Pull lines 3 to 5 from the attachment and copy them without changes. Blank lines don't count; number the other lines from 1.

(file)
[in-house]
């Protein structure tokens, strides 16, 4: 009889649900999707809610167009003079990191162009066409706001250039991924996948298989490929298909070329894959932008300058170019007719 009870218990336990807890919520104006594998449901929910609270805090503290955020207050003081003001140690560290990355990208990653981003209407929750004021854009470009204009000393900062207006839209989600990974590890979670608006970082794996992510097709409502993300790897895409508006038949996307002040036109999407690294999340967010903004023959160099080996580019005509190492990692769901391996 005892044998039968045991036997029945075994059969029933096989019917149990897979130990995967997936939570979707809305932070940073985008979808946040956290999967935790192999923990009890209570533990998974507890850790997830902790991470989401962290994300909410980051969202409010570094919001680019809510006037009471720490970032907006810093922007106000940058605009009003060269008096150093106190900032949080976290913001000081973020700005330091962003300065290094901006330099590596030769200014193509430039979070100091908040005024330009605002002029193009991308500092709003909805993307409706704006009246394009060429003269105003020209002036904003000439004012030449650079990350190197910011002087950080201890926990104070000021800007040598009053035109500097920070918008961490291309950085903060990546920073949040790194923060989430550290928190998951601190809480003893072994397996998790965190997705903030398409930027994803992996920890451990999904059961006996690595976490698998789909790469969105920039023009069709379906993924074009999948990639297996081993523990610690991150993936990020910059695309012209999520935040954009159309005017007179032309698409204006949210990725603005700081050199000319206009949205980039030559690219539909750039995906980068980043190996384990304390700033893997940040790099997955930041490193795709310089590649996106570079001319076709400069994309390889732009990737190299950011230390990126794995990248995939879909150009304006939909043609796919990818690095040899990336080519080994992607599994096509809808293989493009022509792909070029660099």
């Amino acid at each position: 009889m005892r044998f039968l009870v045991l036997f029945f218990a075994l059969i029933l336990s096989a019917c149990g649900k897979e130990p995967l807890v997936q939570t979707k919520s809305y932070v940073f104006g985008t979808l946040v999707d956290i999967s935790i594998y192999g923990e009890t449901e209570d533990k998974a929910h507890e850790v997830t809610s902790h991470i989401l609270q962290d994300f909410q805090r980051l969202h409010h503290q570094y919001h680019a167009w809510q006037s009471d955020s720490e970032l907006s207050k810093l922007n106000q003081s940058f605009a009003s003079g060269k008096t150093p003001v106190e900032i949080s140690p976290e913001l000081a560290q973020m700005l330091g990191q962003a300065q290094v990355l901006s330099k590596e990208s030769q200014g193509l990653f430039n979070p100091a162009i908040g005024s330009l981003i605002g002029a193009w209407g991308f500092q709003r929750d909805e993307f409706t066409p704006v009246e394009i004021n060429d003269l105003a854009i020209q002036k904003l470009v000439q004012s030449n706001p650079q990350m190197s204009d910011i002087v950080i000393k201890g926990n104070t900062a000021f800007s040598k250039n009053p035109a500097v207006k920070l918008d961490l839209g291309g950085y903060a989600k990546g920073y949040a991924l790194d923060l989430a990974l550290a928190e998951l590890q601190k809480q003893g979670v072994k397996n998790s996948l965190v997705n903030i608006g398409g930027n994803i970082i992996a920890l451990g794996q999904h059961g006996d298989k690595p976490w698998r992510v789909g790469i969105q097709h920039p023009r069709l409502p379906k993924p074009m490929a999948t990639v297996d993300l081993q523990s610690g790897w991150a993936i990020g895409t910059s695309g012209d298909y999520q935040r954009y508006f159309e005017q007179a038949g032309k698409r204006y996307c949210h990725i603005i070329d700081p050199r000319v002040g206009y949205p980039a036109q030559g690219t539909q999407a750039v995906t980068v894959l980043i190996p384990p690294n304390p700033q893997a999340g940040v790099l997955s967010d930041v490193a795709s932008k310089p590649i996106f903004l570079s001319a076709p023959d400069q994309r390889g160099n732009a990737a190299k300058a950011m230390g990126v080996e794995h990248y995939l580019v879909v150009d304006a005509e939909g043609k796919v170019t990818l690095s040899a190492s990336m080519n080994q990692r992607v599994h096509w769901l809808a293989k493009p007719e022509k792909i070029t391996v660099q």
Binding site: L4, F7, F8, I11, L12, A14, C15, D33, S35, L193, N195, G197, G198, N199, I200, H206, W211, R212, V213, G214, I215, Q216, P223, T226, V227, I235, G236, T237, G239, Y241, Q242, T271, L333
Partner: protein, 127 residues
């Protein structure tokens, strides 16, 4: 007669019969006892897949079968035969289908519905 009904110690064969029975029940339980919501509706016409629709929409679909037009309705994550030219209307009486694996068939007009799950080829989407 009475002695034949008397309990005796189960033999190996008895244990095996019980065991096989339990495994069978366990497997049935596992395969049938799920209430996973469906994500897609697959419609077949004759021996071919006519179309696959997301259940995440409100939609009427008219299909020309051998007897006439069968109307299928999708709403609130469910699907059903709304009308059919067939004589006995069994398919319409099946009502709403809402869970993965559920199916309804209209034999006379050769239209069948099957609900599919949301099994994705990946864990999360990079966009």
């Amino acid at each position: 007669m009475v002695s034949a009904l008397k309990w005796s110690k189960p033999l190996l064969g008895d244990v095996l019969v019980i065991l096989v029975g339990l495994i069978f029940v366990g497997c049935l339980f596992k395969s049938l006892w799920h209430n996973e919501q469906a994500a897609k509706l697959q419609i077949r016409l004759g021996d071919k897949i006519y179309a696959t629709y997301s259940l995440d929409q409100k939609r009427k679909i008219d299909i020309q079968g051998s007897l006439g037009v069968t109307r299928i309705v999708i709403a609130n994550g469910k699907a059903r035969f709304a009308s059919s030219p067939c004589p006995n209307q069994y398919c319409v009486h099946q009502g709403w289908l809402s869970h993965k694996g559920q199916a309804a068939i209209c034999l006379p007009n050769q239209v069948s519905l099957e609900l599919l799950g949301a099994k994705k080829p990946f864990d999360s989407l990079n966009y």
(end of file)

């Amino acid at each position: 009889m005892r044998f039968l009870v045991l036997f029945f218990a075994l059969i029933l336990s096989a019917c149990g649900k897979e130990p995967l807890v997936q939570t979707k919520s809305y932070v940073f104006g985008t979808l946040v999707d956290i999967s935790i594998y192999g923990e009890t449901e209570d533990k998974a929910h507890e850790v997830t809610s902790h991470i989401l609270q962290d994300f909410q805090r980051l969202h409010h503290q570094y919001h680019a167009w809510q006037s009471d955020s720490e970032l907006s207050k810093l922007n106000q003081s940058f605009a009003s003079g060269k008096t150093p003001v106190e900032i949080s140690p976290e913001l000081a560290q973020m700005l330091g990191q962003a300065q290094v990355l901006s330099k590596e990208s030769q200014g193509l990653f430039n979070p100091a162009i908040g005024s330009l981003i605002g002029a193009w209407g991308f500092q709003r929750d909805e993307f409706t066409p704006v009246e394009i004021n060429d003269l105003a854009i020209q002036k904003l470009v000439q004012s030449n706001p650079q990350m190197s204009d910011i002087v950080i000393k201890g926990n104070t900062a000021f800007s040598k250039n009053p035109a500097v207006k920070l918008d961490l839209g291309g950085y903060a989600k990546g920073y949040a991924l790194d923060l989430a990974l550290a928190e998951l590890q601190k809480q003893g979670v072994k397996n998790s996948l965190v997705n903030i608006g398409g930027n994803i970082i992996a920890l451990g794996q999904h059961g006996d298989k690595p976490w698998r992510v789909g790469i969105q097709h920039p023009r069709l409502p379906k993924p074009m490929a999948t990639v297996d993300l081993q523990s610690g790897w991150a993936i990020g895409t910059s695309g012209d298909y999520q935040r954009y508006f159309e005017q007179a038949g032309k698409r204006y996307c949210h990725i603005i070329d700081p050199r000319v002040g206009y949205p980039a036109q030559g690219t539909q999407a750039v995906t980068v894959l980043i190996p384990p690294n304390p700033q893997a999340g940040v790099l997955s967010d930041v490193a795709s932008k310089p590649i996106f903004l570079s001319a076709p023959d400069q994309r390889g160099n732009a990737a190299k300058a950011m230390g990126v080996e794995h990248y995939l580019v879909v150009d304006a005509e939909g043609k796919v170019t990818l690095s040899a190492s990336m080519n080994q990692r992607v599994h096509w769901l809808a293989k493009p007719e022509k792909i070029t391996v660099q």
Binding site: L4, F7, F8, I11, L12, A14, C15, D33, S35, L193, N195, G197, G198, N199, I200, H206, W211, R212, V213, G214, I215, Q216, P223, T226, V227, I235, G236, T237, G239, Y241, Q242, T271, L333
Partner: protein, 127 residues